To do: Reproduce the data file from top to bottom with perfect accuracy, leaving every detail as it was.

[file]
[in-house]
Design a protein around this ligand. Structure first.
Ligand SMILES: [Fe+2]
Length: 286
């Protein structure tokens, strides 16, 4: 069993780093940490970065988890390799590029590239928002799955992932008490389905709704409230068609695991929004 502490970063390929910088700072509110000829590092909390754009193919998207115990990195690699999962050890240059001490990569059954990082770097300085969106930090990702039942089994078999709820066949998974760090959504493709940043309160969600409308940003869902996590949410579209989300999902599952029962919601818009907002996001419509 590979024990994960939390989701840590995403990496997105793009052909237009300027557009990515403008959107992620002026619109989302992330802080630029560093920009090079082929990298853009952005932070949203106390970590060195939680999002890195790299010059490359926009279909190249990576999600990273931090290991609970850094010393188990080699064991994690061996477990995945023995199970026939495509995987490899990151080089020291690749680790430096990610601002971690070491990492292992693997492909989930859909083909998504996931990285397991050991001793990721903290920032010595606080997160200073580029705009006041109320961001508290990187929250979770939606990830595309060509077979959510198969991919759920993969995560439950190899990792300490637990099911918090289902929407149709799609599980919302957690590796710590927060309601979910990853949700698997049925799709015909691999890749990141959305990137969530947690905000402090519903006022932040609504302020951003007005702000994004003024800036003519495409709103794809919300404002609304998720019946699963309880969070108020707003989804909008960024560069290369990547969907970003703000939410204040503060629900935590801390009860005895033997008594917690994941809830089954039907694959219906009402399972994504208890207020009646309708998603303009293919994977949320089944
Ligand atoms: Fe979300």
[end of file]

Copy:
[in-house]
Design a protein around this ligand. Structure first.
Ligand SMILES: [Fe+2]
Length: 286
């Protein structure tokens, strides 16, 4: 069993780093940490970065988890390799590029590239928002799955992932008490389905709704409230068609695991929004 502490970063390929910088700072509110000829590092909390754009193919998207115990990195690699999962050890240059001490990569059954990082770097300085969106930090990702039942089994078999709820066949998974760090959504493709940043309160969600409308940003869902996590949410579209989300999902599952029962919601818009907002996001419509 590979024990994960939390989701840590995403990496997105793009052909237009300027557009990515403008959107992620002026619109989302992330802080630029560093920009090079082929990298853009952005932070949203106390970590060195939680999002890195790299010059490359926009279909190249990576999600990273931090290991609970850094010393188990080699064991994690061996477990995945023995199970026939495509995987490899990151080089020291690749680790430096990610601002971690070491990492292992693997492909989930859909083909998504996931990285397991050991001793990721903290920032010595606080997160200073580029705009006041109320961001508290990187929250979770939606990830595309060509077979959510198969991919759920993969995560439950190899990792300490637990099911918090289902929407149709799609599980919302957690590796710590927060309601979910990853949700698997049925799709015909691999890749990141959305990137969530947690905000402090519903006022932040609504302020951003007005702000994004003024800036003519495409709103794809919300404002609304998720019946699963309880969070108020707003989804909008960024560069290369990547969907970003703000939410204040503060629900935590801390009860005895033997008594917690994941809830089954039907694959219906009402399972994504208890207020009646309708998603303009293919994977949320089944
Ligand atoms: Fe979300």